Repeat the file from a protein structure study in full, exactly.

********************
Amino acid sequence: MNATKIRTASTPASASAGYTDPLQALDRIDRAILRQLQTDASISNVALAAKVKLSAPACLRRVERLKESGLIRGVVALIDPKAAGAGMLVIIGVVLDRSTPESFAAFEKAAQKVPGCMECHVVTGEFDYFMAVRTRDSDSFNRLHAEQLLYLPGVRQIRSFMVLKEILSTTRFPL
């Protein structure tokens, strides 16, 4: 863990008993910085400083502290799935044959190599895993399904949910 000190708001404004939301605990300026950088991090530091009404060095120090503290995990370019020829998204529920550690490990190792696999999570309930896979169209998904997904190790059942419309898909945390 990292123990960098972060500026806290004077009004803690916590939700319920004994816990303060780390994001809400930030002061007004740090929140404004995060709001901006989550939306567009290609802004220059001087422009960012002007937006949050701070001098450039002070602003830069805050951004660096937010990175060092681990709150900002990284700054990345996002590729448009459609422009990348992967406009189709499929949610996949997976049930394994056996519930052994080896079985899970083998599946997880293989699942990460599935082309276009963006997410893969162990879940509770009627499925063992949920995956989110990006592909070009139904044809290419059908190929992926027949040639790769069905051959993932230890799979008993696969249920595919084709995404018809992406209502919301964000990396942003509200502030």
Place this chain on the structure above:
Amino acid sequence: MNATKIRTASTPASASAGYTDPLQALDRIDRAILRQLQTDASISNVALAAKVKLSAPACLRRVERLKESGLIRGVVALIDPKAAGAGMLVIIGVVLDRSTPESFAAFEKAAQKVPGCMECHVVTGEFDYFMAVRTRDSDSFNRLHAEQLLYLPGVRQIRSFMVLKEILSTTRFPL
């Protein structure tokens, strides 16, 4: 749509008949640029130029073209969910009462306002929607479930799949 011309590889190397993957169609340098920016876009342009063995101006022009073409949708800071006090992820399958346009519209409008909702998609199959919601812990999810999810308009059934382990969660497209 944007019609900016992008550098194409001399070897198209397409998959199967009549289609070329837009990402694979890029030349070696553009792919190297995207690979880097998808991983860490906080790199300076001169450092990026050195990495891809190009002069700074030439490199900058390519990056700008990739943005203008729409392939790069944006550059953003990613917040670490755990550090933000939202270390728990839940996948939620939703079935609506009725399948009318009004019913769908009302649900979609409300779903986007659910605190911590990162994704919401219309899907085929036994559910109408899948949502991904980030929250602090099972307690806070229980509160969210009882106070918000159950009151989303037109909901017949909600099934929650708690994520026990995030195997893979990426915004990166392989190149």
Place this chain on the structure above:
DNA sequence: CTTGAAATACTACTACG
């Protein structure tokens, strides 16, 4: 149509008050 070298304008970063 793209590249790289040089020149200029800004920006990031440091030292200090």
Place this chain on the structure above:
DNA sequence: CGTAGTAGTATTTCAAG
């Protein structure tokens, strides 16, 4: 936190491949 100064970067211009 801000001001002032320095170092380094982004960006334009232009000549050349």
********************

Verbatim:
Amino acid sequence: MNATKIRTASTPASASAGYTDPLQALDRIDRAILRQLQTDASISNVALAAKVKLSAPACLRRVERLKESGLIRGVVALIDPKAAGAGMLVIIGVVLDRSTPESFAAFEKAAQKVPGCMECHVVTGEFDYFMAVRTRDSDSFNRLHAEQLLYLPGVRQIRSFMVLKEILSTTRFPL
């Protein structure tokens, strides 16, 4: 863990008993910085400083502290799935044959190599895993399904949910 000190708001404004939301605990300026950088991090530091009404060095120090503290995990370019020829998204529920550690490990190792696999999570309930896979169209998904997904190790059942419309898909945390 990292123990960098972060500026806290004077009004803690916590939700319920004994816990303060780390994001809400930030002061007004740090929140404004995060709001901006989550939306567009290609802004220059001087422009960012002007937006949050701070001098450039002070602003830069805050951004660096937010990175060092681990709150900002990284700054990345996002590729448009459609422009990348992967406009189709499929949610996949997976049930394994056996519930052994080896079985899970083998599946997880293989699942990460599935082309276009963006997410893969162990879940509770009627499925063992949920995956989110990006592909070009139904044809290419059908190929992926027949040639790769069905051959993932230890799979008993696969249920595919084709995404018809992406209502919301964000990396942003509200502030």
Place this chain on the structure above:
Amino acid sequence: MNATKIRTASTPASASAGYTDPLQALDRIDRAILRQLQTDASISNVALAAKVKLSAPACLRRVERLKESGLIRGVVALIDPKAAGAGMLVIIGVVLDRSTPESFAAFEKAAQKVPGCMECHVVTGEFDYFMAVRTRDSDSFNRLHAEQLLYLPGVRQIRSFMVLKEILSTTRFPL
């Protein structure tokens, strides 16, 4: 749509008949640029130029073209969910009462306002929607479930799949 011309590889190397993957169609340098920016876009342009063995101006022009073409949708800071006090992820399958346009519209409008909702998609199959919601812990999810999810308009059934382990969660497209 944007019609900016992008550098194409001399070897198209397409998959199967009549289609070329837009990402694979890029030349070696553009792919190297995207690979880097998808991983860490906080790199300076001169450092990026050195990495891809190009002069700074030439490199900058390519990056700008990739943005203008729409392939790069944006550059953003990613917040670490755990550090933000939202270390728990839940996948939620939703079935609506009725399948009318009004019913769908009302649900979609409300779903986007659910605190911590990162994704919401219309899907085929036994559910109408899948949502991904980030929250602090099972307690806070229980509160969210009882106070918000159950009151989303037109909901017949909600099934929650708690994520026990995030195997893979990426915004990166392989190149």
Place this chain on the structure above:
DNA sequence: CTTGAAATACTACTACG
């Protein structure tokens, strides 16, 4: 149509008050 070298304008970063 793209590249790289040089020149200029800004920006990031440091030292200090």
Place this chain on the structure above:
DNA sequence: CGTAGTAGTATTTCAAG
């Protein structure tokens, strides 16, 4: 936190491949 100064970067211009 801000001001002032320095170092380094982004960006334009232009000549050349």